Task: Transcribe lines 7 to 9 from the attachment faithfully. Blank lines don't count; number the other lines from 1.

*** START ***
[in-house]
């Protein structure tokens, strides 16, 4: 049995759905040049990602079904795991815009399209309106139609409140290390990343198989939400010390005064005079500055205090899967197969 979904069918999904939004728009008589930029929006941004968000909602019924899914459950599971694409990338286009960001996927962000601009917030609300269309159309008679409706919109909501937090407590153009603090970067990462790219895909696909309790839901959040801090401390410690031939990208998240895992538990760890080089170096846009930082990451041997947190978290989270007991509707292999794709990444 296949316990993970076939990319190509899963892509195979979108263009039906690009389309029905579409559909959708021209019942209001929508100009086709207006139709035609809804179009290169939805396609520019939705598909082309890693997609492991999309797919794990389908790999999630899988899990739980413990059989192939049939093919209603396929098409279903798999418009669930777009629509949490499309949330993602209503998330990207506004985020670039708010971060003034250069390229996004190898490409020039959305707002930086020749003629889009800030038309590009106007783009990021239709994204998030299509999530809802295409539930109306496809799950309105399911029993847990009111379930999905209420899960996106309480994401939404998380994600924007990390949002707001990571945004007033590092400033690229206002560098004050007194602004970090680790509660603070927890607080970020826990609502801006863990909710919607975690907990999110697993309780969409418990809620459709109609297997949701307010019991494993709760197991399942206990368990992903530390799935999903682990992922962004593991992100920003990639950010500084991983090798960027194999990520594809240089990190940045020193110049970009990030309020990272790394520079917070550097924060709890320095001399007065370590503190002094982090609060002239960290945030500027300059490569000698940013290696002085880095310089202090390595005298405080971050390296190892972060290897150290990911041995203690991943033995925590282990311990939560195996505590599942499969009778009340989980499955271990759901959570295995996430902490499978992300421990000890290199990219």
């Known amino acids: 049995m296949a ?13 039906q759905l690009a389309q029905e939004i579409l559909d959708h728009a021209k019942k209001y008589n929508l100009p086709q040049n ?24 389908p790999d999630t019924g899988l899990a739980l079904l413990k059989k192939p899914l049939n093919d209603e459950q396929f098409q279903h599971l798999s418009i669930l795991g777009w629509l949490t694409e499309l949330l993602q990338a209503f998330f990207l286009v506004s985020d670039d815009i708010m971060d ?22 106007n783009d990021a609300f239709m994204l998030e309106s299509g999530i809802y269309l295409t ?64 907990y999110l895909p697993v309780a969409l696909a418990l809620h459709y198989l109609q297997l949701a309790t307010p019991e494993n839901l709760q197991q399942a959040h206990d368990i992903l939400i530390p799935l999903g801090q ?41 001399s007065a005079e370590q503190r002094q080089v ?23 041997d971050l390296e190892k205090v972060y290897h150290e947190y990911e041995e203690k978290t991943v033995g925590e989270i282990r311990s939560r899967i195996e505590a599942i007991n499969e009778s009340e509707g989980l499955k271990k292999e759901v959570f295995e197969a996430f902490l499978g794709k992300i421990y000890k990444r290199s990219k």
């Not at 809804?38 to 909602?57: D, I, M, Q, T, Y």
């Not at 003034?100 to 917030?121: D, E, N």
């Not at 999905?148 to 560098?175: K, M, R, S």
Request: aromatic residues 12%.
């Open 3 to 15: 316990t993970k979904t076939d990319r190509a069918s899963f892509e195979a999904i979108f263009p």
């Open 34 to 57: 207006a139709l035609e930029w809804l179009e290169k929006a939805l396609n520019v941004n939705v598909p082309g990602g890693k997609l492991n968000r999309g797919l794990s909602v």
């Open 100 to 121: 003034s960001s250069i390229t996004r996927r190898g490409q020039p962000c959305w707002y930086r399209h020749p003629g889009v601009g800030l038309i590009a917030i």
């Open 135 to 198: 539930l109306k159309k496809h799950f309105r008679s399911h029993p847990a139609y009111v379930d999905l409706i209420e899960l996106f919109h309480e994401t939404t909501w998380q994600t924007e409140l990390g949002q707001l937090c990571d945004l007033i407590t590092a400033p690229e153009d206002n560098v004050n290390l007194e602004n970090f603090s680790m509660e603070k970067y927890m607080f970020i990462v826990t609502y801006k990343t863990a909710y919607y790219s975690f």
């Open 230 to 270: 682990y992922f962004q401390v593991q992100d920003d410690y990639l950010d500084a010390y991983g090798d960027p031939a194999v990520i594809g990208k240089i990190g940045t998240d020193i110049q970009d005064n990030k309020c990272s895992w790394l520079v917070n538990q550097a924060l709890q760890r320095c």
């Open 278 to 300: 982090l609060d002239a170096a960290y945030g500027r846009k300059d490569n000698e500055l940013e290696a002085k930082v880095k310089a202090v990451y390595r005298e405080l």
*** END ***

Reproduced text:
Request: aromatic residues 12%.
């Open 3 to 15: 316990t993970k979904t076939d990319r190509a069918s899963f892509e195979a999904i979108f263009p």
């Open 34 to 57: 207006a139709l035609e930029w809804l179009e290169k929006a939805l396609n520019v941004n939705v598909p082309g990602g890693k997609l492991n968000r999309g797919l794990s909602v």